mercial Pacific Cable Company arrived. In 1935 Pan American set up  an air base for their Trans-Pacific Seaplane service between the mainland and the Far East. This included the hotel familiar to us on Sand Island. The US Naval Air Station, Midway was commissioned in early 1941. On the night of December 7, 1941 the Islands were shelled by a destroyer returning from the Pearl Harbor operation. The most decisive battle of W.W.II began here on the morning of June 4, 1942 when the Japanese showed up intent on taking over. As we all know they didn't succeed but did manage to wipe out the Marine fighter squadron (VMF-222). They were replaced by the 7th Fighter Command's 73rd Squadron which was in-turn replaced by the 78th. 
  Midway sounds like a nice place for a reunion. All we need is a rich benefactor. Bill, Paul, Ross, Ted are you there?
next time he went out was on 18 April 1942 as a consequence of the Doolittle raid. 
  Later in April he was sent to the flight school at the Kasumigawura Training Air Base. Ground school was pretty straight forward for the academy graduates. The initial flight training was in a 160 horsepower bi-plane. They concentrated on take off and landings, formation and aerobatics. The number in parentheses below are the ones who "made it" to the end of the war as we would say. Of the 138(21) who graduated, 40(2) went to fighters, 24(3) to dive bombers ("hell divers"), 24(4) to torpedo bombers, 18(4) to hydroplanes and 27(8) were sent to navigation training. Four of his class were killed in training and one got consumption..  
  He next went to Usa Kokutai, Kyushu for six months of combat training in hell divers. He was kept on for one year as an instructor at the Usa Air Base, while his classmates went on to Taiwan, Saipan, Rabaul etc. He wanted to get into combat so took advantage of a request for volunteers for fighter training. He was sent to the 302 Kokutai at Atsugi. It turned out that most of those he left behind at Usa were killed later as Kamikaze pilots. At Atsugi he was well coached in combat survival by Lt. Akamatsu who was a Navy ace  of the same background as Lt. Babro (Suburo) Sakai (64 kills). The 302nd had Zeke and Jack fighters. While attacking a B-29 with his Zeke he had his left hand shot off by the tail gunner. After his wound healed, they fitted him with a prostheses that allowed him to fly again. 
  During the time that the 78th and those other 7th folks were flying in the area he said that due to heavy damage caused by the P-51s, the Judys and other "weak" planes from Atsugi were flown to distant air bases while the Zekes and Jacks were dispersed in the forest adjacent to Atsugi. One Jack and four Zekes were kept in an underground shelter for emergency use.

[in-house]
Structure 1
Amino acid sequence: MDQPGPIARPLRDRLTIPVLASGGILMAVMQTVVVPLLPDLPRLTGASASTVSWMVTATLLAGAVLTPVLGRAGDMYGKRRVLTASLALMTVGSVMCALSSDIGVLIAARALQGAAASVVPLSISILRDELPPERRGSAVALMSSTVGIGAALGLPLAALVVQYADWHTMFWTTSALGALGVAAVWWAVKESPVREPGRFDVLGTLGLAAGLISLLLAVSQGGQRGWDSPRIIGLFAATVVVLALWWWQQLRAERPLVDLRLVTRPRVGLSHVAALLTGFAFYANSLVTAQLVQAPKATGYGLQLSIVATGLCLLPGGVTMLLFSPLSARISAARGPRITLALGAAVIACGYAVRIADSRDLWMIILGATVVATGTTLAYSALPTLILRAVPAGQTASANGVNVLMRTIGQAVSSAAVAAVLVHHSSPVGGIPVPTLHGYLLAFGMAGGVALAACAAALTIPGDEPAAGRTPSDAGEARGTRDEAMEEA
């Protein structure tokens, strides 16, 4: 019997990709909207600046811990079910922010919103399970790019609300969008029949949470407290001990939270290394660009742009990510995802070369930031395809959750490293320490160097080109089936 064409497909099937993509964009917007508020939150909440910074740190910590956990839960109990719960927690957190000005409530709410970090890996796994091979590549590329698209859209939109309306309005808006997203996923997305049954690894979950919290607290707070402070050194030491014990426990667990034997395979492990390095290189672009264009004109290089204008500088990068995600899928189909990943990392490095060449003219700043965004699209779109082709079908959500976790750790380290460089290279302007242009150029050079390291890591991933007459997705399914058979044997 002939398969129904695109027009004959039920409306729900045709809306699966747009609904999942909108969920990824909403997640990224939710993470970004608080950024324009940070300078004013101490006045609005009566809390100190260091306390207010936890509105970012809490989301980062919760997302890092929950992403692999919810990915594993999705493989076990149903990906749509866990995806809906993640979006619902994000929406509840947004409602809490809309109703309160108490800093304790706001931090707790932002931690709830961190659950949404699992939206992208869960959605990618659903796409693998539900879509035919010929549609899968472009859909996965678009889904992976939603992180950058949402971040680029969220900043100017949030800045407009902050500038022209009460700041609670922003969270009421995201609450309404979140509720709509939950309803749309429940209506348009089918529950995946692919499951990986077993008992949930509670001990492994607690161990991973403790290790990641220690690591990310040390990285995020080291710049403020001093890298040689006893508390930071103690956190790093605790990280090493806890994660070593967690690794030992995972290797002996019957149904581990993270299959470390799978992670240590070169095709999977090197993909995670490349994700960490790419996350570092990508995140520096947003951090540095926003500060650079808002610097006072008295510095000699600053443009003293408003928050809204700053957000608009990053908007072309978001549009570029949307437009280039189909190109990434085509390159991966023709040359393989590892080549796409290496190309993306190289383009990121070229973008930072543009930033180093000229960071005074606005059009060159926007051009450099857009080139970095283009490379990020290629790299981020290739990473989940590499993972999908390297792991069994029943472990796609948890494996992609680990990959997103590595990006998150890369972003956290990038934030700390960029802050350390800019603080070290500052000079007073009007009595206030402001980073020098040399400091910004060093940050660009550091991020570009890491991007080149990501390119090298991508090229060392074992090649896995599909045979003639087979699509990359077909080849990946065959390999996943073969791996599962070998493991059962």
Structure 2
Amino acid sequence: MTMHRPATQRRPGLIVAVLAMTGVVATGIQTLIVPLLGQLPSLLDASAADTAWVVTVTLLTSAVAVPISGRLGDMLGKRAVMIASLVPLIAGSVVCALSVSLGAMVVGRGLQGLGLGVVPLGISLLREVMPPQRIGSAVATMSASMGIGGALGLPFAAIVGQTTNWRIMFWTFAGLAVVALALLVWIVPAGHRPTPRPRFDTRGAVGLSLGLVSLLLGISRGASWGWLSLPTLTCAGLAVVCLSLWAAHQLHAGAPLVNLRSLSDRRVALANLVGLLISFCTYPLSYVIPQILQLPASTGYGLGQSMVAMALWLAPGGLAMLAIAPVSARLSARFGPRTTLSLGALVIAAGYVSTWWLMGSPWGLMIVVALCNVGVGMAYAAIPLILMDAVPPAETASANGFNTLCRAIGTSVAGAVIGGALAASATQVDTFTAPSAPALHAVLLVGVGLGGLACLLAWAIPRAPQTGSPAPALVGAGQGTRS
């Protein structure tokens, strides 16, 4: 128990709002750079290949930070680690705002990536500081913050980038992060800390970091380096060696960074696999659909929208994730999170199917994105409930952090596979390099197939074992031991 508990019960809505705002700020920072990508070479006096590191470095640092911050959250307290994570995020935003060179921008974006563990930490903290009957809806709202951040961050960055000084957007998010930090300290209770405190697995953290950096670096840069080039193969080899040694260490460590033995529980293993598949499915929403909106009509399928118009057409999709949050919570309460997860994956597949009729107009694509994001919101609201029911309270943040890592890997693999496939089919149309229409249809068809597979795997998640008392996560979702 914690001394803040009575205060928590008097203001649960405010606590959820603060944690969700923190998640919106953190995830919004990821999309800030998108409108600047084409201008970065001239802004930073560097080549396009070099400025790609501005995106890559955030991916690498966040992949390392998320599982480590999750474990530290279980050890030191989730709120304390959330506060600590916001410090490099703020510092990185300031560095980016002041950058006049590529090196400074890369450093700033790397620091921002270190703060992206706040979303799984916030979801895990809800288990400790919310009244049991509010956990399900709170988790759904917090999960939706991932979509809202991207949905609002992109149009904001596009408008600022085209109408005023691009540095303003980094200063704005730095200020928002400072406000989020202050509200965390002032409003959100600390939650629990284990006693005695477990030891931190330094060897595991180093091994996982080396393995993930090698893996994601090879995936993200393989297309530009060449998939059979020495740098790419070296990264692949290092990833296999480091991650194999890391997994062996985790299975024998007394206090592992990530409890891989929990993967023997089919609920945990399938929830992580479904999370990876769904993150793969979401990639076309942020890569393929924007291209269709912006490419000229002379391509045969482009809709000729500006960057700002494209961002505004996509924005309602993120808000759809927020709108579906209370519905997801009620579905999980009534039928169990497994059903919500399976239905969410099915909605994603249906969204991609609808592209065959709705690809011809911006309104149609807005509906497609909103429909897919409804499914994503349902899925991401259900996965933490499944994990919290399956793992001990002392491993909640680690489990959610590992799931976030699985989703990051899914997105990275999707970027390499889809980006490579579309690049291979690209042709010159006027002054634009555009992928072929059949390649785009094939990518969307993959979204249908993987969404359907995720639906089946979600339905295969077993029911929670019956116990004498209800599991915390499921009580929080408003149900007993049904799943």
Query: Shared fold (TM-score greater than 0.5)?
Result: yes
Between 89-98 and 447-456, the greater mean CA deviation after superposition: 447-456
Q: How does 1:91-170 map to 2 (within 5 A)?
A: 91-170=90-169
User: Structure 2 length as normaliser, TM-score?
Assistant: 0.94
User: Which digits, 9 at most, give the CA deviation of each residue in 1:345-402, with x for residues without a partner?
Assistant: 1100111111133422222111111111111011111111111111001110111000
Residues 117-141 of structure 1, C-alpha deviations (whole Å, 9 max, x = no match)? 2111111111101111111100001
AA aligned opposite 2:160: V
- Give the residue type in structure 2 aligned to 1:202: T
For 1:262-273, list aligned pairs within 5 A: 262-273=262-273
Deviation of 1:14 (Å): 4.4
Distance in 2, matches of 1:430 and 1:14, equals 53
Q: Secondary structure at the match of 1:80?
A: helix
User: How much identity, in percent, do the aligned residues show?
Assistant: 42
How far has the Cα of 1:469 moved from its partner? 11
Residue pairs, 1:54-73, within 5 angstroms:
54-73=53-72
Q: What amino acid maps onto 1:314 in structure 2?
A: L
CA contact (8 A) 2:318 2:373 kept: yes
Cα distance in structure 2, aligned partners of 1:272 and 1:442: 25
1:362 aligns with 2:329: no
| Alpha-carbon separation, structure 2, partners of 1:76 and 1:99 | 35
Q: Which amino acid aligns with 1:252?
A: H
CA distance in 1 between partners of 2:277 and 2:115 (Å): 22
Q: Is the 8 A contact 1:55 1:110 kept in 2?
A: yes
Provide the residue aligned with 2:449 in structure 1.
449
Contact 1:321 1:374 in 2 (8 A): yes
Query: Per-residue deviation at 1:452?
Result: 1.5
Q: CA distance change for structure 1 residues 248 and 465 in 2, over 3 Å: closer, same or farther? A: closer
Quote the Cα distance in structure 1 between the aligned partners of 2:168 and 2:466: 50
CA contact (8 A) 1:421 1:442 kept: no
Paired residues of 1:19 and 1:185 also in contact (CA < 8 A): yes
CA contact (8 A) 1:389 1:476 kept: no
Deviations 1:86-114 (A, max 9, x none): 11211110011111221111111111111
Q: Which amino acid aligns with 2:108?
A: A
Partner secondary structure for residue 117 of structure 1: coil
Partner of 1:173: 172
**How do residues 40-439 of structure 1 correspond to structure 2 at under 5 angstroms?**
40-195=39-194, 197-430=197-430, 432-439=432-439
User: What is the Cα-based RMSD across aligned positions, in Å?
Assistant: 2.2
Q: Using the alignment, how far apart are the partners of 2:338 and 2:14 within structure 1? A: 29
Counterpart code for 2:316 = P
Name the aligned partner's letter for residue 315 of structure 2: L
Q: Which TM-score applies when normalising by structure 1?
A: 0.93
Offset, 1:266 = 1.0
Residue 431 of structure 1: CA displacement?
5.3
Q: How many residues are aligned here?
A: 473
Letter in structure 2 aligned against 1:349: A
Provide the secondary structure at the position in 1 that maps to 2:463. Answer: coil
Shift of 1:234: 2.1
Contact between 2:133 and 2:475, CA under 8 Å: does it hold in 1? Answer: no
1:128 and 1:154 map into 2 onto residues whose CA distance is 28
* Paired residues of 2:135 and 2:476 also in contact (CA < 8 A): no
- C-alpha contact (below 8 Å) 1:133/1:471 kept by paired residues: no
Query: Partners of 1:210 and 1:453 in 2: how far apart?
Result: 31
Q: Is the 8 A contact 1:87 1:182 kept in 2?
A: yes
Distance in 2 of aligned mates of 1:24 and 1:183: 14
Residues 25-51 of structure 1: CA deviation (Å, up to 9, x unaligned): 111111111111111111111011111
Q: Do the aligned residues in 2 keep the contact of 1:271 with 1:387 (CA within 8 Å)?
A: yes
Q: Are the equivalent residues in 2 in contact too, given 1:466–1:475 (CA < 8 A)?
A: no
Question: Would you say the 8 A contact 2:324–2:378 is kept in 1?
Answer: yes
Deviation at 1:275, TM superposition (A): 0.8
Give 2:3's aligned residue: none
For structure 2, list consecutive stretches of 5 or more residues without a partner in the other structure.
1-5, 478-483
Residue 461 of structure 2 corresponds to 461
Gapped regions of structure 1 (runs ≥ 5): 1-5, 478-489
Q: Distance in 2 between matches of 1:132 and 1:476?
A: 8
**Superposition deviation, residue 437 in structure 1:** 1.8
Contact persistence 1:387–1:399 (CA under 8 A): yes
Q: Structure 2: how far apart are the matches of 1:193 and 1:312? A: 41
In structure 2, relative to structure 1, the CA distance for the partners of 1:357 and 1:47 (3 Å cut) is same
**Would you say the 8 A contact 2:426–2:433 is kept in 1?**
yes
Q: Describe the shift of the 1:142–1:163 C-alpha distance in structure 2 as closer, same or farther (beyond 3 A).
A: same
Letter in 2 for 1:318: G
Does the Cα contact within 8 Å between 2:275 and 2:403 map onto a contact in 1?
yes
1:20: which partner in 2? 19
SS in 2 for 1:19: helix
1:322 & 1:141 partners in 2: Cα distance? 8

He describes the P-51s strafing Atsugi on 3 August. "A raider caught
many U.S. small-type planes rushing to the Tokyo area from the South Sea, we hidden our Zekes as usual. We were only watching P-51s strafing our field from slits of shelters, we could see faces of P-51's pilots flying at roof level of hangers. After strafing, P-51s flew back to south, then telephone from Yokosuka Air Defence Headquarters cried, 'One P-51 shot down by ground fire and the pilot bailed out and descended into Sagami-Wan (Bay south of Atsugi), B-17 approached and dropped lifeboat, there came submarine to save pilot, and four P-51s guarding. Atsugi Zekes attack P-51s!' We four Zekes flew up, at first I lead to the west not to be found by the P-51s, I found there on blue Sagami-Wan, rushing submarine with white wake, and at head a small lifeboat, and two B-24s (PB4Ys) and above all, four P-51s circulating in compact formation, reflecting sunshine. It was a fine summer noon so that it was just like technicolour cinema. I can't forget the screen in all my life. You may know of our story of fighting with P-51s and strafing lifeboat." 
Henry Sakida was writing a book on the incident. He says that Lt. Mikes from the 506th Group had gone down in the water and four P-51s, two PB4Ys, a B-17, a B-29 and the submarine Aspro were involved in the action. The Zekes and the P-51s tangled and the Zekes strafed the lifeboat. Mikes was rescued by the sub and attended the reunion in Hawaii. He and Yutaka seemed to get along just fine. We'll have to wait for the book to get all the details .
  One of the guests at the last reunion in Hawaii was Yutaka Morioka. I was corresponding with him, as was Warren Carpenter, until he was killed by a train in Japan in 1993. I have tried to use his words as much as possible. He did review this article. 
  Yutaka was one of 432 Cadets graduated from the Japanese Naval Academy on November 15, 1941. He says that about 70% of the class did not survive the war. 
  Upon graduation he was assigned to the battleship Yamashiro as "chief of the right side AA guns". On December 7th, the ship was part of a fleet of 6 battleships that were to engage the U.S. Navy in case the carrier operations were unsuccessful. The ships didn't fire a round, of course, and returned to Japan. The
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